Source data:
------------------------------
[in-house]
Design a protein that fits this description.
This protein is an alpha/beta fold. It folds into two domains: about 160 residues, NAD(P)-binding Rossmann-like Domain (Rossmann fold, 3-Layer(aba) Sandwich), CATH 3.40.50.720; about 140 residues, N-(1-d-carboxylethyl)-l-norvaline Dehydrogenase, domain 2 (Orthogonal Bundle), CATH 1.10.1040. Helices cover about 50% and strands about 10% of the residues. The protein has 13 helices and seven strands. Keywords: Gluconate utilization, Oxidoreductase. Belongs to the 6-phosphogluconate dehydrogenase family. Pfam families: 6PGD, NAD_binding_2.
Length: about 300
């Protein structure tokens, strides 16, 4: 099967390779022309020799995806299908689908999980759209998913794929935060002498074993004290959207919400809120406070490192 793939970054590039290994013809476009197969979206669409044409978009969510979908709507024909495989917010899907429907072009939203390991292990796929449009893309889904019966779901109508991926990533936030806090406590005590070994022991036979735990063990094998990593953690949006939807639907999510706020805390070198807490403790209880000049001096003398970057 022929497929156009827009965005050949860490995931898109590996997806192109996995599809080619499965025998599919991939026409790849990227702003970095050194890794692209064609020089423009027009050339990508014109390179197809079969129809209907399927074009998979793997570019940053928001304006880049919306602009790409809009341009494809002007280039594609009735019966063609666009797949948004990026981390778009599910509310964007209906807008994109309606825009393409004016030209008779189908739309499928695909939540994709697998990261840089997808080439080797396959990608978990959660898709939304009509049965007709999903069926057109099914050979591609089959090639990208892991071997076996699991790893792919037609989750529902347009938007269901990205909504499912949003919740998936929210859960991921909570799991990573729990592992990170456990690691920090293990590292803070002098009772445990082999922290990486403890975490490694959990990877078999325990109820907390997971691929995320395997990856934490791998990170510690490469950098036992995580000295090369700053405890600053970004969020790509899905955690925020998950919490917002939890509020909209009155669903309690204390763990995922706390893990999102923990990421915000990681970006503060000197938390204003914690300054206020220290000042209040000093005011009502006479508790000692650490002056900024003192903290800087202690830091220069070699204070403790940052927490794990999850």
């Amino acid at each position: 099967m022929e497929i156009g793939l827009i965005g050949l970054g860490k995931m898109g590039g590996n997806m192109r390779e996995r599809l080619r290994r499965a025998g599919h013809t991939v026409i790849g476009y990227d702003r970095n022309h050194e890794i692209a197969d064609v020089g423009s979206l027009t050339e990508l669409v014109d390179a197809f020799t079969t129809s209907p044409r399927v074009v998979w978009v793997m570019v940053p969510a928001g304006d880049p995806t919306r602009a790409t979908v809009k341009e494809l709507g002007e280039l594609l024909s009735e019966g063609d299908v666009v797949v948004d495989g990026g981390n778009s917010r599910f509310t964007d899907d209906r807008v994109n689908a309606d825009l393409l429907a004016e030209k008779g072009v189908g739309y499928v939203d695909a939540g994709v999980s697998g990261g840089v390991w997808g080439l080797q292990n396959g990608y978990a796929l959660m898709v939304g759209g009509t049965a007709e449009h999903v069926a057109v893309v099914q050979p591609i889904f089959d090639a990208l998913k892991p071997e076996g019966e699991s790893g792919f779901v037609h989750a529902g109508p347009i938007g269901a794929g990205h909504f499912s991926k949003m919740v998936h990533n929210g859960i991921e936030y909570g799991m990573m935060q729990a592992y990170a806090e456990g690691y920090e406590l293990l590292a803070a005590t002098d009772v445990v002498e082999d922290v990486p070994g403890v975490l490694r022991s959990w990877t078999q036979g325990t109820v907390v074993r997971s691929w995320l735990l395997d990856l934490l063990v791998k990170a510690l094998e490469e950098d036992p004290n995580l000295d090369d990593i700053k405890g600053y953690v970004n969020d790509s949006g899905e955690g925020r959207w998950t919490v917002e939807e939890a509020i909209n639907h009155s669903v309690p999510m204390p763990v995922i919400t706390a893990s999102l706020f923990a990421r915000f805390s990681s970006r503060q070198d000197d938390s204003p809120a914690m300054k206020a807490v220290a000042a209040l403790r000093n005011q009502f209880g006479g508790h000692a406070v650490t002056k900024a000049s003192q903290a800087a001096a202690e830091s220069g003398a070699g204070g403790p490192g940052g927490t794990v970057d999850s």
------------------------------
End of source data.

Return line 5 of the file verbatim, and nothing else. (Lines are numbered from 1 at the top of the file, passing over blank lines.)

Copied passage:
């Protein structure tokens, strides 16, 4: 099967390779022309020799995806299908689908999980759209998913794929935060002498074993004290959207919400809120406070490192 793939970054590039290994013809476009197969979206669409044409978009969510979908709507024909495989917010899907429907072009939203390991292990796929449009893309889904019966779901109508991926990533936030806090406590005590070994022991036979735990063990094998990593953690949006939807639907999510706020805390070198807490403790209880000049001096003398970057 022929497929156009827009965005050949860490995931898109590996997806192109996995599809080619499965025998599919991939026409790849990227702003970095050194890794692209064609020089423009027009050339990508014109390179197809079969129809209907399927074009998979793997570019940053928001304006880049919306602009790409809009341009494809002007280039594609009735019966063609666009797949948004990026981390778009599910509310964007209906807008994109309606825009393409004016030209008779189908739309499928695909939540994709697998990261840089997808080439080797396959990608978990959660898709939304009509049965007709999903069926057109099914050979591609089959090639990208892991071997076996699991790893792919037609989750529902347009938007269901990205909504499912949003919740998936929210859960991921909570799991990573729990592992990170456990690691920090293990590292803070002098009772445990082999922290990486403890975490490694959990990877078999325990109820907390997971691929995320395997990856934490791998990170510690490469950098036992995580000295090369700053405890600053970004969020790509899905955690925020998950919490917002939890509020909209009155669903309690204390763990995922706390893990999102923990990421915000990681970006503060000197938390204003914690300054206020220290000042209040000093005011009502006479508790000692650490002056900024003192903290800087202690830091220069070699204070403790940052927490794990999850």